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TOKYO, JAPAN: We were extremely fortunate to have Eagles Coach Eddie O’Sullivan take a quick moment out of his very hectic schedule to actually sit down and type answers from his room in Japan.

RWU: Coach, will there be professional rugby in the United States by 2016? If not, then how about 2020 – when we’ll be seeing things clearer?
E.O.: To launch “professional rugby” in the USA will require a huge financial investment over a number of years with very little initial return.  I think getting to that point is a slow burn process. We are making small gains in public awareness every year, so it will be a while before we achieve enough traction in the sports market to trigger the necessary investment to launch professional rugby.

RWU: What are the obvious differences and not-so-obvious differences between coaching Team USA and Ireland?
E.O.: The obvious difference is that most players are not full time professionals and those that are professionals are based overseas.  It is extremely difficult for amateur players to develop and compete at a high level in the professional arena that international rugby has become.

RWU: If the money was available, could the Eagles be a salaried squad? American rugby fans aren’t clear on what’s what. Right now, most of your guys have day jobs.
E.O.: Paying the Eagles would make it easier for players to compete but would not do anything to improve the overall standard within the domestic game. Improving the standard of the domestic game through professional domestic competition is the most reliable way to consistently develop the game over time.

RWU: Does the role of underdog help you relax more in this World Cup as opposed to 2007 when you were leading an Irish squad with such high expectations?
E.O: We are not relaxed about RWC. We want to go to NZ and give the performance of our lives and see where that leads us. All the players, and particularly the domestic home based players in the squad, want to perform at the top of their game and potentially create opportunities for themselves as professional rugby players overseas after RWC.

RWU: What was the greatest lesson learned from the 2007 World Cup that you have been able to apply to coaching Team USA?
E.O.: You learn lots of lessons at every RWC as I have in 1991, 1999, 2003 & 2007 was not any different.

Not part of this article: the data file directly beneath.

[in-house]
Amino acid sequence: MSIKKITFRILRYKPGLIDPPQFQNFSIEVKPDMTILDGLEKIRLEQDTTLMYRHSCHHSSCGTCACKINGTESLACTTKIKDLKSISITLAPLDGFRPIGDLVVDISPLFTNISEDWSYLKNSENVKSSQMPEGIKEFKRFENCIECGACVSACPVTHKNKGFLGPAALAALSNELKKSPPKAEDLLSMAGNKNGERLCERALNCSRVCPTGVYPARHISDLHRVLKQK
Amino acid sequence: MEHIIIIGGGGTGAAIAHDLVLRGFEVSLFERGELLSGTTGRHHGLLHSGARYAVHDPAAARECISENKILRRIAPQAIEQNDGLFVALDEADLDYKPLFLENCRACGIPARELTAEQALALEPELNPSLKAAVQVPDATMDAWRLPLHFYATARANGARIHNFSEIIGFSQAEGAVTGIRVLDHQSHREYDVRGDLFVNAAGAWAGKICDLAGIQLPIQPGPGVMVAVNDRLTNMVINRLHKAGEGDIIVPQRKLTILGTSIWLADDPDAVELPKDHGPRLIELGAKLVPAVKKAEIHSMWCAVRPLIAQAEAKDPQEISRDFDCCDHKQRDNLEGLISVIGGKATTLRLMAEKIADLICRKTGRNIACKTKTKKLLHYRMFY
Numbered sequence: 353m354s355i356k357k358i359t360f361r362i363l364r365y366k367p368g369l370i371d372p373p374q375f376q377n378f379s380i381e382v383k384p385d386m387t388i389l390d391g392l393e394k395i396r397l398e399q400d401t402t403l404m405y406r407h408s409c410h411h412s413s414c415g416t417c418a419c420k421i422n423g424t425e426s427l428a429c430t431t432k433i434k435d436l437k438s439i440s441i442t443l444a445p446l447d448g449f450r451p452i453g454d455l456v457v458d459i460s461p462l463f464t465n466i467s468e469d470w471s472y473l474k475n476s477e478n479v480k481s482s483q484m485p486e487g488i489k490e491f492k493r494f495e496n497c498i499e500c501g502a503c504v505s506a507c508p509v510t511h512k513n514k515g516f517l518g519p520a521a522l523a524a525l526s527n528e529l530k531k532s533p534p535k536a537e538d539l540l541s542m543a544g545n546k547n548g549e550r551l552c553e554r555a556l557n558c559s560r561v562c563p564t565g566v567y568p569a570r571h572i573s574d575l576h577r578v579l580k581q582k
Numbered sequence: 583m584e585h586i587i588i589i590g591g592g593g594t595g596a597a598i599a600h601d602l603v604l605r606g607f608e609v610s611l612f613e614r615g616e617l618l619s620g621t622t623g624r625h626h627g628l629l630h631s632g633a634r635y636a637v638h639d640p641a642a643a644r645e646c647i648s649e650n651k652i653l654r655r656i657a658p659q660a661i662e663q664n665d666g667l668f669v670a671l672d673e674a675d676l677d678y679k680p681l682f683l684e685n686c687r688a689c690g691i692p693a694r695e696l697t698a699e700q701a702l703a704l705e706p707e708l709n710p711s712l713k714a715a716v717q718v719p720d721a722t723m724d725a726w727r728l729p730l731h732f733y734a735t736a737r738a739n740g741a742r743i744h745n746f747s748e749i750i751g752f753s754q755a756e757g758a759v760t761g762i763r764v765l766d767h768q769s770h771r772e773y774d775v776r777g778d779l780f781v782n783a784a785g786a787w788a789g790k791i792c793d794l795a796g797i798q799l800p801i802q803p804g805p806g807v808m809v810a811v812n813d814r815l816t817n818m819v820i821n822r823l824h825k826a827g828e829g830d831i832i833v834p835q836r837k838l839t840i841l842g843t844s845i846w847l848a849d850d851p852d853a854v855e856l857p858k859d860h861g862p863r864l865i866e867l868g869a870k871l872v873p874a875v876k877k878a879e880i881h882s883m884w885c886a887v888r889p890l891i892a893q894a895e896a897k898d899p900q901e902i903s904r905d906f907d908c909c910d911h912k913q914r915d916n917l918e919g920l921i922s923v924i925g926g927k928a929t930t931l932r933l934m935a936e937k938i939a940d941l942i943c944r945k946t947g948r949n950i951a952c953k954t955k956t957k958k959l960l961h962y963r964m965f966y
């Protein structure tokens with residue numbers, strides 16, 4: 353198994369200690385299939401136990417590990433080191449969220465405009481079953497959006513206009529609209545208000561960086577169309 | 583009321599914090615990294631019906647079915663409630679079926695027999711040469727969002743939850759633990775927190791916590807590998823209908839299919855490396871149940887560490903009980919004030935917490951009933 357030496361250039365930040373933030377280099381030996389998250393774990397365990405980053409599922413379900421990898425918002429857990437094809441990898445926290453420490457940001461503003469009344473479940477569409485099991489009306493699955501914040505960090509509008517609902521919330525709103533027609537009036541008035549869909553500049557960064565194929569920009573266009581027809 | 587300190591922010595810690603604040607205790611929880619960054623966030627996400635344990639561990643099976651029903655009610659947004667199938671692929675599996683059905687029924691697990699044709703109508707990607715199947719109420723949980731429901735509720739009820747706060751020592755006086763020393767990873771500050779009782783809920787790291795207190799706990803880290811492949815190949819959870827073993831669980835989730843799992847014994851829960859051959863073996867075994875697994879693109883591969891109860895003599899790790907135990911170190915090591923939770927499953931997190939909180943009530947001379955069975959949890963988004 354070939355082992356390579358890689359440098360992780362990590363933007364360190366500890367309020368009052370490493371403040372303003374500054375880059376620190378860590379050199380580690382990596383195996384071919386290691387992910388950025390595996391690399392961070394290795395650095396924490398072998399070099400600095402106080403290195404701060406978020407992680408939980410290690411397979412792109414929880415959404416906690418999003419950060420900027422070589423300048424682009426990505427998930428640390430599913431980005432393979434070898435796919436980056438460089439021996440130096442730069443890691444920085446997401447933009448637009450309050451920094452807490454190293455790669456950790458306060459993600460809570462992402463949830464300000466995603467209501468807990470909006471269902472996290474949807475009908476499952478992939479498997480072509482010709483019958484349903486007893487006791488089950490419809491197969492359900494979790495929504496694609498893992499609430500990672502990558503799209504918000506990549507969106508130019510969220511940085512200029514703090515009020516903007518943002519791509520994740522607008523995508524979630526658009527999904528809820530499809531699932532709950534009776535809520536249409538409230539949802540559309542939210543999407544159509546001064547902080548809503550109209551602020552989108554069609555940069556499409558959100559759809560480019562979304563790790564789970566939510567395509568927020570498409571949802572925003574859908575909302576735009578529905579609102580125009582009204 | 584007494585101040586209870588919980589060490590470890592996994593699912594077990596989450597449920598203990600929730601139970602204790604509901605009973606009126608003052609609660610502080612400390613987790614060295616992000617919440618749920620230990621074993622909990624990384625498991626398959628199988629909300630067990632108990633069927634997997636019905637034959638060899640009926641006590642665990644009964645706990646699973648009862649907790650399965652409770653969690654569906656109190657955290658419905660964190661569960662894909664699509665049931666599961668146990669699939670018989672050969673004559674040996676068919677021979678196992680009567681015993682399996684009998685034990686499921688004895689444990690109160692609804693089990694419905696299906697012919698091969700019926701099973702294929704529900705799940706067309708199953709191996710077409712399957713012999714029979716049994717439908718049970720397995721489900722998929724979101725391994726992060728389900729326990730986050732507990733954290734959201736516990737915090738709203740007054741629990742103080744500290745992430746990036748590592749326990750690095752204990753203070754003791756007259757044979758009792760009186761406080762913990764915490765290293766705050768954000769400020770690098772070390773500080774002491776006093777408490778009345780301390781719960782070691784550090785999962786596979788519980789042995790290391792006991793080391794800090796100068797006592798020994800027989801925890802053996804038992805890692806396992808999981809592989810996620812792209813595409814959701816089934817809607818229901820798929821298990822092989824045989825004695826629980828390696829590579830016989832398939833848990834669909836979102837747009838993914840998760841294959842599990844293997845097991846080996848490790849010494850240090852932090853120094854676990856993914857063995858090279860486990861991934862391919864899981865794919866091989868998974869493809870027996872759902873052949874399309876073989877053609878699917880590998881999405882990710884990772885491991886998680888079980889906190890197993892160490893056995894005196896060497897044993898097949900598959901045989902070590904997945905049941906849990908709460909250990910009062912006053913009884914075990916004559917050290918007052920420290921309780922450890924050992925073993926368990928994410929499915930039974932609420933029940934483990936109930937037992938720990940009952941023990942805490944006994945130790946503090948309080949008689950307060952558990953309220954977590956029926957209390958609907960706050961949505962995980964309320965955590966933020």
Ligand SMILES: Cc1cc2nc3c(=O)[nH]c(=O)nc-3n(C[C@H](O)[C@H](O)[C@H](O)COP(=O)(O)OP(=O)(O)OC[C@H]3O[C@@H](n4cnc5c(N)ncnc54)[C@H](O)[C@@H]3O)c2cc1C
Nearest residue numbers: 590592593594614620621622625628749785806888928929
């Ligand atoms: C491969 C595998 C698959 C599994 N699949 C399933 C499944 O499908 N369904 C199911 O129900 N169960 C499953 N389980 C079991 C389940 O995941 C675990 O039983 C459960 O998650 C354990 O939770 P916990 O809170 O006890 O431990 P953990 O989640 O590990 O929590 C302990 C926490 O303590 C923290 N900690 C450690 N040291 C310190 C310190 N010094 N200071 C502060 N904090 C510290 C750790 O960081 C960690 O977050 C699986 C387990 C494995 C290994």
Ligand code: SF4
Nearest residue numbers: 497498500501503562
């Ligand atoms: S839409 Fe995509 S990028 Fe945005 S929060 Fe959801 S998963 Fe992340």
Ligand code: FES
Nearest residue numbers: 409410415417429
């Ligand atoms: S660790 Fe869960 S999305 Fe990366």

RWU: In your time with the Eagles, what has been biggest surprise in terms of team development?
E.O.: There have been no major surprises. Because I worked with the Eagles from 1997 – 1999 I was well aware of the challenges involved with the job. The same challenges that have every previous Eagles Head Coach has had to deal with.

RWU: Biggest disappointment?
E.O.: No major disappointments other than the usual ups and downs of playing test rugby [international matches].

RWU: If college rugby in the United States was sanctioned by the NCAA, how would that effect the Eagles?
E.O.: College rugby is still growing in the USA and consistently provides a rich vein of talent for the Eagles. If Rugby were to become an NCAA sport it would accelerate the development of the game dramatically throughout the country.

RWU: Will 7s and its NBC/Universal deal coupled with the Olympics render 15s a fond memory of the not-too-distant past – like land-lines?
E.O.: An over-emphasis on 7’s Rugby would ultimately have a negative impact on the 15’s game. It happened in Fiji during the late 1980’s and Fiji 15’s suffered as a consequence in the early 1990’s. The depth of playing talent in the USA is not sufficient at this point in time to justify a prioritizing of 7’s over 15’s or visa versa.

RWU: When will the silliness in Ireland end about not having a 7s team?
E.O.: The IRFU’s strategic planning regarding the development of the game is best left to them. They have done a very good job with it for the past 15 years.

RWU: What would be a successful World Cup result for the USA?
E.O.: Beating Russia would constitute a good RWC for the Eagles.

RWU: Thanks, Coach. May the road rise to meet you and the Eagles.
E.O.: Thank you.

Be sure to see RWU’s Johnathan Wicklow Barberie’s interview with Japanese Head Coach, John Kirwan, the former All Blacks standout. You can see the interview by CLICKING THIS.

About Johnathan Wicklow Barberie 118 Articles
JWB is the contrived Kiwi sports personality who can't go ANYWHERE without being asked for an autograph. He always obliges. Find him on Twitter at: @JWB_RWU